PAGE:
I found it interesting that the miniseries managed to convey how difficult and controlling Mary Washington was as a parent. However, I found it slightly disappointing that the miniseries did not further explore Washington’s relationship with his mother, once he became swept up into the Seven Year’s War – especially since she had survived long enough to witness him become the first U.S. president.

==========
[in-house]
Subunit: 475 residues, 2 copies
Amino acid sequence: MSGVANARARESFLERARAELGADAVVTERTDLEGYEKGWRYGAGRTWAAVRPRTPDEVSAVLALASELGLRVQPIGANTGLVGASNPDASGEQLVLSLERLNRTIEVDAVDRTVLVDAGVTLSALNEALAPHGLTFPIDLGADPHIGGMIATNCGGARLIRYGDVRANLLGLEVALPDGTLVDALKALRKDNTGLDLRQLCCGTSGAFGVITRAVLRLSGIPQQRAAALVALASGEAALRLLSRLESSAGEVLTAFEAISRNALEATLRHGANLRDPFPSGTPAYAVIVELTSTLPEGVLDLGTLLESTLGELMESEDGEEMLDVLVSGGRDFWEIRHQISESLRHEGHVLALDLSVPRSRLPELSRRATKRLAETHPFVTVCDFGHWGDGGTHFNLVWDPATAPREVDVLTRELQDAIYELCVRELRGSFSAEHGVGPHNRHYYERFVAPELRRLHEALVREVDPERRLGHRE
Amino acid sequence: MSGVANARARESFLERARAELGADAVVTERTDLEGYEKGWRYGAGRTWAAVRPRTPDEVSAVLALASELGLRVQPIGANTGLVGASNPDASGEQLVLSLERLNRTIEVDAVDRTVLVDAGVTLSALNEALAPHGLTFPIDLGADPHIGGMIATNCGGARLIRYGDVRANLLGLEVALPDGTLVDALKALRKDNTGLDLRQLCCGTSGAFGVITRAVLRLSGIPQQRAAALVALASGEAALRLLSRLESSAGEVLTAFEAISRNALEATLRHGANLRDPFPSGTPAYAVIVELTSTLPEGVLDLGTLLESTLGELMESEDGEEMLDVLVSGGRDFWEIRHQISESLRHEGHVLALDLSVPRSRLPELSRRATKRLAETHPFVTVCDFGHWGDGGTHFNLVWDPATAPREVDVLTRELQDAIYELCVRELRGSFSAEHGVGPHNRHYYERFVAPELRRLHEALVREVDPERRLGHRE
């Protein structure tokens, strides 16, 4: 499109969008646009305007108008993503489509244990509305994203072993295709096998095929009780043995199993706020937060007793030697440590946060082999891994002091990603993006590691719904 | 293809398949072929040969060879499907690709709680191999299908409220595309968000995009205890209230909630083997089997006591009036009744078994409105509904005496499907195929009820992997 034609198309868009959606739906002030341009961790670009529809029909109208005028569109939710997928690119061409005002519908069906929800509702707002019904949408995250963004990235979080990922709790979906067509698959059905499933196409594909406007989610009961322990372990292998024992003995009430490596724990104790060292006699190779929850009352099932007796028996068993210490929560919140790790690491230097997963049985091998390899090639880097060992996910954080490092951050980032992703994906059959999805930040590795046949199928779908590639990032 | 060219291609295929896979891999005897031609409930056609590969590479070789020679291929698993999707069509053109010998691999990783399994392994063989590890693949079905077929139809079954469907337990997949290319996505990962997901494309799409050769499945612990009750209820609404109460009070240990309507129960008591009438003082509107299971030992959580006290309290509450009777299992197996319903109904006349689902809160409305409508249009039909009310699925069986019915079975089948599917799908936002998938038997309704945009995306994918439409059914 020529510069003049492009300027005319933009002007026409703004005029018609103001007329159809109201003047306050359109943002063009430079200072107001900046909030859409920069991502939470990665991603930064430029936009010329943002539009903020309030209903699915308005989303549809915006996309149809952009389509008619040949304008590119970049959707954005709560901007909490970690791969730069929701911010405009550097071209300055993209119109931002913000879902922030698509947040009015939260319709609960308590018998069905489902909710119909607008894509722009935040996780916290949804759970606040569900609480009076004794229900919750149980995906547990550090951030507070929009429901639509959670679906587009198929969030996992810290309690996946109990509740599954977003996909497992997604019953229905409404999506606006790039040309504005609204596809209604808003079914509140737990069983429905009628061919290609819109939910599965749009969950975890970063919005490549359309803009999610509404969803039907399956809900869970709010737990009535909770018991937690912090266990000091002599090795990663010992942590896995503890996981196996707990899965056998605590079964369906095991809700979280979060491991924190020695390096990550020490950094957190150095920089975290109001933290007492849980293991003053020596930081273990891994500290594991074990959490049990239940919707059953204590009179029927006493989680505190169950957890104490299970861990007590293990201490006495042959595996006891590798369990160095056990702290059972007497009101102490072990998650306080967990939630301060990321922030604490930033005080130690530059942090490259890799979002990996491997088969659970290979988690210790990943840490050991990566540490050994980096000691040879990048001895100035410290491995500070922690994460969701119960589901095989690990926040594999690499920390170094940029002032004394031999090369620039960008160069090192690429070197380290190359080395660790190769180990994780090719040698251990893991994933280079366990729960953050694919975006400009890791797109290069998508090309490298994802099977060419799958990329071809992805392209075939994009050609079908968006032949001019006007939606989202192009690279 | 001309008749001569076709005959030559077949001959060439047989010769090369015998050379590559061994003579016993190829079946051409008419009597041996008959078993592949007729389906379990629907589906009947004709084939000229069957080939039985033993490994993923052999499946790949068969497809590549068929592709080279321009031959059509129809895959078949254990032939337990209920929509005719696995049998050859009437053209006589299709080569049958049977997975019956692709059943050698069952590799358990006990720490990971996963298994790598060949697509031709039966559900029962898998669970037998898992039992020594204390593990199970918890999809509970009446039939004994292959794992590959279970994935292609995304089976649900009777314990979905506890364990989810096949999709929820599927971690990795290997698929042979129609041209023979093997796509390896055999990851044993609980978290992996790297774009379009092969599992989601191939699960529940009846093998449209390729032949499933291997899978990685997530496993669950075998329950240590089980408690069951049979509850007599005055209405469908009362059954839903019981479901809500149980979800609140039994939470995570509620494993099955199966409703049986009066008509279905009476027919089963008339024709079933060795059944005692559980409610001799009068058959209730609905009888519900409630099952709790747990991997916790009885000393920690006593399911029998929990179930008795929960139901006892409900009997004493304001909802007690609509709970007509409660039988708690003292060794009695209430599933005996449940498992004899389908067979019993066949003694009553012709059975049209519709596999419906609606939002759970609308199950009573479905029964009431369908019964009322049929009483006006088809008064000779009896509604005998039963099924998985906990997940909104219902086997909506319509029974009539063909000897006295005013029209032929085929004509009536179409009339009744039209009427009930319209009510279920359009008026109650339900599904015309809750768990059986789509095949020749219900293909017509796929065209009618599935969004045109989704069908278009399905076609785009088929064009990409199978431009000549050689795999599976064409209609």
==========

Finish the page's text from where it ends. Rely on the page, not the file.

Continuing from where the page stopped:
Washington’s relationship with George William “Will” Fairfax proved to be a complex matter for two reasons. One, Will Fairfax had remained loyal to the British Crown throughout his life. During the decade leading to the outbreak of the American Revolution, that relationship threatened to fall apart due to the two friends’ different political belief – something I was happy to see that the miniseries had conveyed. Another aspect that posed a threat to Washington’s friendship with Fairfax was his romantic feelings for the man’s wife, Sally Fairfax . . . and her feelings for him. There have been rumors that Washington’s relationship with Sally had led to physical adultery, but no proof. But there is proof that they had strong feelings for one another and the miniseries; due to Fiedler and Boothe’s screenplay, along with the performances of Barry Bostwick and Jaclyn Smith; did an excellent job of conveying the pair’s emotional regard for each other in a subtle and elegant manner. What I found even more amazing was the miniseries’ portrayal of Washington’s courtship of and his marriage to Martha Custis. I was surprised that Boothe and Fiedler had portrayed Washington’s feelings toward her with such ambiguity. This left me wondering if he had married her for love . . . or for her fortune. By the last half hour or so of the miniseries, Washington finally admitted to Martha that he did love her. However, the manner in which Bostwick portrayed that scene, I found myself wondering if Washington was himself amazed by how much his feelings for Martha had grown.